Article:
Smart weight training: Maximum benefits, minimum injury

When we strength-train using free weights, machines, or our own body weight, a few tactics are in order -- not to just reap the benefits, but to avoid injury.

These tips apply to all of us, but they are even more important for beginners, weekend warriors, seniors and for any of us who have an existing or previous injury!

Past injuries can make us vulnerable to a future injury, so I like to make the analogy, "It's like getting over a cold; we're vulnerable to a relapse if we're not careful."

Smart weight training means:

Always warm up with cardio first. 5 or 10 minutes of an aerobic exercise will raise our core body temperature and thus raise the temperature of our muscles. This will make our muscles ready for action.

Always warm up the target muscle group first. Always start with a light weight to warm the specific muscle/muscle group we are about to target. Start with a light weight and pump out 12-15 reps just to warm the specific muscles and joints. Even if you do only one set, start with a warm-up set first.

Focus. All exercise requires focus to be effective, which includes using proper form. Focus includes watching ourselves in the mirror.

Don't over-lift. Don't increase weights drastically or too quickly from one workout to the next; monitoring our response from the last workout and our overall ability for each workout is a smart thing. Don't feel so great? Use light weights for that session. Let's alternate the type of training often, which may mean performing exercises with a heavier weight load with less reps one session, and a lighter weight load with higher reps the next.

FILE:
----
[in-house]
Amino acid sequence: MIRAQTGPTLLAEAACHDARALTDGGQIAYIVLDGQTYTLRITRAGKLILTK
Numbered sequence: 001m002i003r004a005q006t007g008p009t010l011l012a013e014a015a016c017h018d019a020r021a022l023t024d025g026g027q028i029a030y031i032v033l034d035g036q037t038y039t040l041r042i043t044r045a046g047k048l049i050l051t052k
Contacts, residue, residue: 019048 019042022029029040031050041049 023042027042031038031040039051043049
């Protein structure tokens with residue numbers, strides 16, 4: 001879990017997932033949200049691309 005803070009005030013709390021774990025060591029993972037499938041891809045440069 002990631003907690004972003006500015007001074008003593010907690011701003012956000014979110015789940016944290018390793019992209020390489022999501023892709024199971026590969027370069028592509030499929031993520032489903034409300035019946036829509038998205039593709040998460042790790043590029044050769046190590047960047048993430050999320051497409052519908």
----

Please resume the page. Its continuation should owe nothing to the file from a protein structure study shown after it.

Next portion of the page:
Breathe! It's common for many of us to hold our breath even for a moment without realizing it when we lift weights. This happens more frequently when we perform certain exercises, and especially when we lift using heavier weights. Holding our breath can cause a high internal pressure in our chest cavity (a very unhealthy thing), so please BREATHE.

Use full range of motion. Each muscle and muscle group attaches to a joint/joints, which has a range of movement. So, for instance, when doing a bicep curl, start with arm fully extended and curl the weight until the elbow is fully bent. Return the weight slowly to a full extension (never snap the elbow). The idea is to not shorten the movement. Usually we need to lower the amount of weight we are lifting when we try to do a full range. Performing a full range enhances our flexibility by allowing our tendons to retain their elasticity by not tightening.

Slow down. The faster we perform each movement, the more we use momentum as an aid. Ever see someone at the gym performing repetitions at the speed of lightening with a bounce at the end of each movement? There's usually a good reason: we can lift more weight. However, not only do we increase our risk for injury, but we make the exercise less effective.

As founder and director of The Nutrition Center, located at Sparta Strength and Conditioning Center in New York City, June M. Lay provides dietary/nutritional counseling in several specialized areas including health risk assessment, weight loss/weight management, and sports nutrition. For more information, visit

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